In the first paragraph from an article in an unidentified 1879 newspaper, Cephas Davis is quoted as opposing former Confederate soldiers serving in the Virginia government. Davis, an African American member of the Senate of Virginia from 1879 to 1880, took the Senate floor when a debate arose over the propriety of a one-legged Confederate veteran being replaced by G. W. Cook, a black politician who had won the recent election. Some members of the Senate expressed outrage over the fact that "several maimed Confederate soldiers [had] to make way … for negroes."
"I am heartily tired of hearing the word Confederate soldier," Davis said. "It is time for the Senate to remove these officers. To the victors belong the spoils. This is not the place to try to reward Confederate soldiers. They belong to the lost cause and have no part in these spoils … I will vote for a resolution prohibiting the use of the words one-legged, two-legged or four-legged Confederate soldier …"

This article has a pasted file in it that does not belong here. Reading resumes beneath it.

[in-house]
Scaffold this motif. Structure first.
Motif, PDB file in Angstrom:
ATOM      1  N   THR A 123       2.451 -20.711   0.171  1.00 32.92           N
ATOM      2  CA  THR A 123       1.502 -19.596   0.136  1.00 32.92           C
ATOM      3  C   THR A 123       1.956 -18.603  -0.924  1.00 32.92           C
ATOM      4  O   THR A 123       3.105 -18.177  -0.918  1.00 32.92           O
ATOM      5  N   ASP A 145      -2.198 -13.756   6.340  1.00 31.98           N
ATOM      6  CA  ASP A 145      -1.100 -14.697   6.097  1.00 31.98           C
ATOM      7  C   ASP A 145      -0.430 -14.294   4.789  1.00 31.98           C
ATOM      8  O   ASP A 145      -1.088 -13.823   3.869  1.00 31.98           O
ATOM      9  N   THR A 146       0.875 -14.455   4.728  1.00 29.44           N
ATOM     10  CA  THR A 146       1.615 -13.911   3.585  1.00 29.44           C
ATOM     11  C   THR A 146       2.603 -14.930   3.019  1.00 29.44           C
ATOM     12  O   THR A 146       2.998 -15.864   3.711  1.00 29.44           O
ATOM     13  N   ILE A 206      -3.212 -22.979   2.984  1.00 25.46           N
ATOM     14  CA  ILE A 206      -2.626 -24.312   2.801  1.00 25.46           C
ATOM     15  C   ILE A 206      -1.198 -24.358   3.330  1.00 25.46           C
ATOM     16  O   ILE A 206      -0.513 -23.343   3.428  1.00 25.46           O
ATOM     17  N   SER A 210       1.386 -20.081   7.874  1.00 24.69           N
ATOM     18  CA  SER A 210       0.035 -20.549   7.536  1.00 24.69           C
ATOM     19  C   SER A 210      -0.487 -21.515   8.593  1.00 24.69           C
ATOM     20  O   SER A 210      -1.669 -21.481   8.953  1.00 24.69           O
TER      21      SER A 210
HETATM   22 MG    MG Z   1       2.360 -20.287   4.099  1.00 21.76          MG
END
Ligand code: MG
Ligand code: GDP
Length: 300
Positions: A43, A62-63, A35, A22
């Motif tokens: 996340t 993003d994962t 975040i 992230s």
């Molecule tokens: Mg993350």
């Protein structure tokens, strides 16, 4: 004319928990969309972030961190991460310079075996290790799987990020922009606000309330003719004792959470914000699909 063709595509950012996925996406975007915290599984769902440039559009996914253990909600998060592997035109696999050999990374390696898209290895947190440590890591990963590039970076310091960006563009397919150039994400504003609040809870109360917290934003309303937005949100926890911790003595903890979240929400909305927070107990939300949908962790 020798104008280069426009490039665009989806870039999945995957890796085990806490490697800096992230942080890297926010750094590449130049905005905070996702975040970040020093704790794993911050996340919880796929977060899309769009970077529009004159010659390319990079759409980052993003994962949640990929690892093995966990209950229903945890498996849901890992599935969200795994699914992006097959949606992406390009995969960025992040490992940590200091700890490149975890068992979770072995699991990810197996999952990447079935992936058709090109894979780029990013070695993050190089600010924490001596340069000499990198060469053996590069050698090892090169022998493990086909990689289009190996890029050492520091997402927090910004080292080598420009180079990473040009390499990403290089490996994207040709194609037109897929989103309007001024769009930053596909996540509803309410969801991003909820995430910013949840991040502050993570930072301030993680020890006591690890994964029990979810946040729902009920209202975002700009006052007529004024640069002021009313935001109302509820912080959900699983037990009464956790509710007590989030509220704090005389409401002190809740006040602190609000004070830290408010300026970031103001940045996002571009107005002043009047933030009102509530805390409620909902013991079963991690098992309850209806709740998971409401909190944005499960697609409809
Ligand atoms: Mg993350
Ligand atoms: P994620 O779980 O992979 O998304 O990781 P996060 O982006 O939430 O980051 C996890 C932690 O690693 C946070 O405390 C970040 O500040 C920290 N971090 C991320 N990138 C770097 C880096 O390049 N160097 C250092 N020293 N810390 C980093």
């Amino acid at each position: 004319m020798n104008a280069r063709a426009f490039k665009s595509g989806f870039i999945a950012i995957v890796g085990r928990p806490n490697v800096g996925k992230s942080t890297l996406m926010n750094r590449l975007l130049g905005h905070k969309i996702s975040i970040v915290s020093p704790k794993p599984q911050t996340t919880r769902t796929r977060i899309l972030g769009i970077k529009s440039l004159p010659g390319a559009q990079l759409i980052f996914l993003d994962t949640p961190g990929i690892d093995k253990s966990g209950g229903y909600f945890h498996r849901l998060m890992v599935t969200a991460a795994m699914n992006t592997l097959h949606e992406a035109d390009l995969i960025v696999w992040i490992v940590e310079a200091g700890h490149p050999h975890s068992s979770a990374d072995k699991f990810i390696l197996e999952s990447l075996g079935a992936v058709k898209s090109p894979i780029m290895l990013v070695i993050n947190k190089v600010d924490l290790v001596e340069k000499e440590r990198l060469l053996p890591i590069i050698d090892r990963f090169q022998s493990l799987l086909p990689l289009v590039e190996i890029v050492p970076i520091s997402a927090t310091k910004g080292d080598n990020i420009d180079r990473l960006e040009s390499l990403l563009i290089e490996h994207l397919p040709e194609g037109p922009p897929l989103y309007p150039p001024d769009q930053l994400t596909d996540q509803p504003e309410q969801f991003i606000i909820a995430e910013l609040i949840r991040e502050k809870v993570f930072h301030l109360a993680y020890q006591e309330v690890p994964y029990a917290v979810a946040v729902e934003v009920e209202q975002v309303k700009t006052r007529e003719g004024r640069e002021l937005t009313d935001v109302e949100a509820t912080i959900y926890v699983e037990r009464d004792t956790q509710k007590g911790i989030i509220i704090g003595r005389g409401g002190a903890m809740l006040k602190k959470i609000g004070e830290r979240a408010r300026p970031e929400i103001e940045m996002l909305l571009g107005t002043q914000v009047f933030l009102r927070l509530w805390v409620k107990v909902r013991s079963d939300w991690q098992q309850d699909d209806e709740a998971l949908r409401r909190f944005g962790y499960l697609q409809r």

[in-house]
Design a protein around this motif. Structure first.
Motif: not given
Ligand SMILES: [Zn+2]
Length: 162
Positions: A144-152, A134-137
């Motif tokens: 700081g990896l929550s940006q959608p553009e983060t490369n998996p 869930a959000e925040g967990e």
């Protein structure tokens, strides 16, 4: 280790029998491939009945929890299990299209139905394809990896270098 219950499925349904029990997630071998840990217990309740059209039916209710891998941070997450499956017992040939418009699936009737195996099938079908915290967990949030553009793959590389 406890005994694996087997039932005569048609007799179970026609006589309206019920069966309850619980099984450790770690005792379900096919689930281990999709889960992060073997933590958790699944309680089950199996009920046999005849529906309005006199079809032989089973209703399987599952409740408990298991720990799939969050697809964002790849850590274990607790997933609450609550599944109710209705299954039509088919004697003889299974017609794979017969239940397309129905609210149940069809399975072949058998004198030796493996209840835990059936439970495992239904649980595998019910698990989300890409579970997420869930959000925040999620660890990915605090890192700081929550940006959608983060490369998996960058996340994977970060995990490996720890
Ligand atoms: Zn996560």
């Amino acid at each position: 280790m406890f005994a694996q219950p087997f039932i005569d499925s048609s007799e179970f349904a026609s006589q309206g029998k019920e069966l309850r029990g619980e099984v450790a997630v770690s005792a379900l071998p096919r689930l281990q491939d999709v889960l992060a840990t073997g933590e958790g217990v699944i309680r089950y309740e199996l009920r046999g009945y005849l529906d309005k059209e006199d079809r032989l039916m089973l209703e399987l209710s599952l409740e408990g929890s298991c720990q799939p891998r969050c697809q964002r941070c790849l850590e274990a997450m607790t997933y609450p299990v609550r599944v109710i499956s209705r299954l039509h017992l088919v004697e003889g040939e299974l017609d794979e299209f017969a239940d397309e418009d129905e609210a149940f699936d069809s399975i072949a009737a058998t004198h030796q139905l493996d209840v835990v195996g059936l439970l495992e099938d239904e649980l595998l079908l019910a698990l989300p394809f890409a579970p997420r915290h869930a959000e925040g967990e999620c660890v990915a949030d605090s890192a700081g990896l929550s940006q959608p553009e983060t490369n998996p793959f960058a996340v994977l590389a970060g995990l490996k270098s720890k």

According to the article, Davis's speech was a "shameful attack upon the men who sacrificed everything at the bidding of the State," and that the representatives who turned "out of office a gallant one-legged Confederate soldier" were equally contemptible. "Can such men as these be really representative Virginians?" the article asks.
This newspaper clipping was sent anonymously to William Mahone, a former Confederate general, U.S. Senator, and leader of the biracial Readjuster Party.
Citation: Newspaper Clipping, William Mahone Papers, David M. Rubenstein Rare Book & Manuscript Library, Duke University